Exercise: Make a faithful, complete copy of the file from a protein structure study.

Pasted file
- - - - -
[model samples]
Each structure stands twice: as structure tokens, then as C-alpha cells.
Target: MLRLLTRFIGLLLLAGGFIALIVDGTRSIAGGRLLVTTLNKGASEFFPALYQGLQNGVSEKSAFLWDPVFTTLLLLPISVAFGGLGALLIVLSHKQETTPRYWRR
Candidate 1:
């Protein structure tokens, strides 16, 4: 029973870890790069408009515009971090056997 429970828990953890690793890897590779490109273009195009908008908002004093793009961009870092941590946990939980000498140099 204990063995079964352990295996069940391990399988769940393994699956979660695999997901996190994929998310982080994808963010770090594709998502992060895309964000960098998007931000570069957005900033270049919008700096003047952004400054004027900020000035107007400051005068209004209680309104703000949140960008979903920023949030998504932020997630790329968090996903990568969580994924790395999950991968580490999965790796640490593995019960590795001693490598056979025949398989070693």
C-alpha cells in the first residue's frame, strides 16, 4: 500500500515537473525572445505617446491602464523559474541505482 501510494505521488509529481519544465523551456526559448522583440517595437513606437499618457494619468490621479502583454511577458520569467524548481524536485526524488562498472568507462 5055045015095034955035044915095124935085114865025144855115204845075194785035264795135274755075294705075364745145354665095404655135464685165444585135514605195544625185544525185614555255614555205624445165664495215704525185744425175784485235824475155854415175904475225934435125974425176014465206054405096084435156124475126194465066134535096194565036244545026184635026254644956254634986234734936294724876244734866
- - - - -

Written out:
[model samples]
Each structure stands twice: as structure tokens, then as C-alpha cells.
Target: MLRLLTRFIGLLLLAGGFIALIVDGTRSIAGGRLLVTTLNKGASEFFPALYQGLQNGVSEKSAFLWDPVFTTLLLLPISVAFGGLGALLIVLSHKQETTPRYWRR
Candidate 1:
């Protein structure tokens, strides 16, 4: 029973870890790069408009515009971090056997 429970828990953890690793890897590779490109273009195009908008908002004093793009961009870092941590946990939980000498140099 204990063995079964352990295996069940391990399988769940393994699956979660695999997901996190994929998310982080994808963010770090594709998502992060895309964000960098998007931000570069957005900033270049919008700096003047952004400054004027900020000035107007400051005068209004209680309104703000949140960008979903920023949030998504932020997630790329968090996903990568969580994924790395999950991968580490999965790796640490593995019960590795001693490598056979025949398989070693």
C-alpha cells in the first residue's frame, strides 16, 4: 500500500515537473525572445505617446491602464523559474541505482 501510494505521488509529481519544465523551456526559448522583440517595437513606437499618457494619468490621479502583454511577458520569467524548481524536485526524488562498472568507462 5055045015095034955035044915095124935085114865025144855115204845075194785035264795135274755075294705075364745145354665095404655135464685165444585135514605195544625185544525185614555255614555205624445165664495215704525185744425175784485235824475155854415175904475225934435125974425176014465206054405096084435156124475126194465066134535096194565036244545026184635026254644956254634986234734936294724876244734866